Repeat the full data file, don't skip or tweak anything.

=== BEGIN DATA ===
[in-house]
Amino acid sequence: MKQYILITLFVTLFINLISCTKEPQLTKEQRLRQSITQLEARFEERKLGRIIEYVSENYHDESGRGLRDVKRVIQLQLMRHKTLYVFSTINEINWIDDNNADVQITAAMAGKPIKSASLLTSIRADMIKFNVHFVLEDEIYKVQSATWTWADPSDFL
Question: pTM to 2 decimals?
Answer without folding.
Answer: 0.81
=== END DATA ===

[in-house]
Amino acid sequence: MKQYILITLFVTLFINLISCTKEPQLTKEQRLRQSITQLEARFEERKLGRIIEYVSENYHDESGRGLRDVKRVIQLQLMRHKTLYVFSTINEINWIDDNNADVQITAAMAGKPIKSASLLTSIRADMIKFNVHFVLEDEIYKVQSATWTWADPSDFL
Question: pTM to 2 decimals?
Answer without folding.
Answer: 0.81